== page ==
• Enhanced the outreach program by providing more than 400 remote patient visits and educating over 1,000 patients and staff in home communities or educational conferences. It also developed a formal system for communicating with referring physicians through patient review conference calls.
  • Surpassed all Press Ganey transplant patient satisfaction scores (see results below) and significantly improved patients' median days from the time of referral to the transplant list.
  • Recruited key faculty to enhance our mission.
  • Enhanced transplant research by growing extramural funding to nearly $16 million in FY 2008, which is a more than 95 percent increase over FY 2004.

Some of our new goals for 2009 are to:

  • Continue developing leadership who will create a plan to transition patient care services to 7G and establish a dedicated transplant ICU; explore strong quality initiatives that focus on prospective monitoring; empower the patient family care council to continue improving services and clinical care delivery; and implement a new global transplant Press Ganey patient survey.
  • Ensure appropriate infrastructure and resource support for growth in all services.
  • Continue clinical process improvements for program service delivery that will reduce wait times, decrease listing median days, and grow transplant volumes.
  • Restructure clinical research infrastructure and create an administrative core that will support growing clinical research trials and patient enrollment and will ensure compliance with regulatory requirements.
  • Develop a formalized telemedicine program in collaboration with existing Georgia programs that provide care to a growing post-transplant population.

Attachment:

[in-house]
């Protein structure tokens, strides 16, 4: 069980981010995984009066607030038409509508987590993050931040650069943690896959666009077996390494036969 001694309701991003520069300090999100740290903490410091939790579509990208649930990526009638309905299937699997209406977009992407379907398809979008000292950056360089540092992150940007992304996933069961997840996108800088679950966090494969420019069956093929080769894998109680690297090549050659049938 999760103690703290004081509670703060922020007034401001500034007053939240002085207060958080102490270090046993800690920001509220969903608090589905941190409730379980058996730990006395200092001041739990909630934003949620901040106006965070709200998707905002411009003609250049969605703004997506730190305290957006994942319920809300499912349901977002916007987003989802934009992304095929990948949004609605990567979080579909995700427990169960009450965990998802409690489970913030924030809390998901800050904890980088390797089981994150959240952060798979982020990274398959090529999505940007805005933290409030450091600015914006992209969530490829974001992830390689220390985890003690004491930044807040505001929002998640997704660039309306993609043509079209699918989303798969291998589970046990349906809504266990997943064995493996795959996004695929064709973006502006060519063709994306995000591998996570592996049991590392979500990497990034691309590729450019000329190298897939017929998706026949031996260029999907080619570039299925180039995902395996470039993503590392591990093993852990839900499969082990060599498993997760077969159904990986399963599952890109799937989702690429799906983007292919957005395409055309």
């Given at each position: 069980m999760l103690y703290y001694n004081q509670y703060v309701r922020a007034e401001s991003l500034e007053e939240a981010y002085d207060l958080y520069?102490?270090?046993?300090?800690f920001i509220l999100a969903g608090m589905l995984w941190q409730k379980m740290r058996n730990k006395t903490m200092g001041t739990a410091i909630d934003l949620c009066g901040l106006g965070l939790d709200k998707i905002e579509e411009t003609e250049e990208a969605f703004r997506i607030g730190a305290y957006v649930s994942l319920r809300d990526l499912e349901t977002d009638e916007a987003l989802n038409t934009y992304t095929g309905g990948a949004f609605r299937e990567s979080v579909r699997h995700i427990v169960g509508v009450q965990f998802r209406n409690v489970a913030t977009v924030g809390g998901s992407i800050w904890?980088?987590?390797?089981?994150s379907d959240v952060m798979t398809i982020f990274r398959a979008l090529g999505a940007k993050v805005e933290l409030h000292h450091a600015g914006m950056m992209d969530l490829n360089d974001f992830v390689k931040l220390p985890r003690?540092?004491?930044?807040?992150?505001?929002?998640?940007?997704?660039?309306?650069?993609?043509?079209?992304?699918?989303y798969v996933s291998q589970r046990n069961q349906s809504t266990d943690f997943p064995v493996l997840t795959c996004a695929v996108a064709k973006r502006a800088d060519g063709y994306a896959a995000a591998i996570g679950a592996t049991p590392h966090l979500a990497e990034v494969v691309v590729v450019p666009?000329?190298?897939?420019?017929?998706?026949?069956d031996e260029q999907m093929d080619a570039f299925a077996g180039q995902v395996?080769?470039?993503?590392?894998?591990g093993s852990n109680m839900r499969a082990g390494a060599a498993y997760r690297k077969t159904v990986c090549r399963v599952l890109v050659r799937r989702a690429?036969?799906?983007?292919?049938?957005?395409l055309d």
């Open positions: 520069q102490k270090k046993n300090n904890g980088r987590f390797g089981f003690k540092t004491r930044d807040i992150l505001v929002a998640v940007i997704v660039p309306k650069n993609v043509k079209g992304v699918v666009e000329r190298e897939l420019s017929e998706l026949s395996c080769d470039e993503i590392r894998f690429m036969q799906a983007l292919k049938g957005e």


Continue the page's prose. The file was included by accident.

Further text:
• Recruit or assist in the recruitment of faculty in key areas, including islet transplantation, immunology, pulmonary medicine, nephrology, critical care medicine, and anesthesiology.

Later in the meeting, Zadya Lundgren, guest services coordinator, highlighted some of the many employee engagement activities the ETC has sponsored this year, including Operation Backpack, the Family Feud game (see below), and the daily huddles, to name a few. 

The meeting concluded with a presentation by Dr. Allan Kirk, kidney/pancreas transplant surgeon, on ETC research activities. He reported that NIH funding continues to be significant and the number of peer reviewed research studies exceeds any other institution.

In summary, 2008 was a successful year. You can feel proud of the fact that the ETC will continue to broaden our mission and challenge of delivering compassionate and high quality patient- and family-centered care while achieving the best possible outcomes for our patients.

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At the State of the Center meeting

 
         
     
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SanFran
Cynthia Devroy and Dr. Paul Tso in Calif.

 

ETC to Start Paired Kidney Donation Program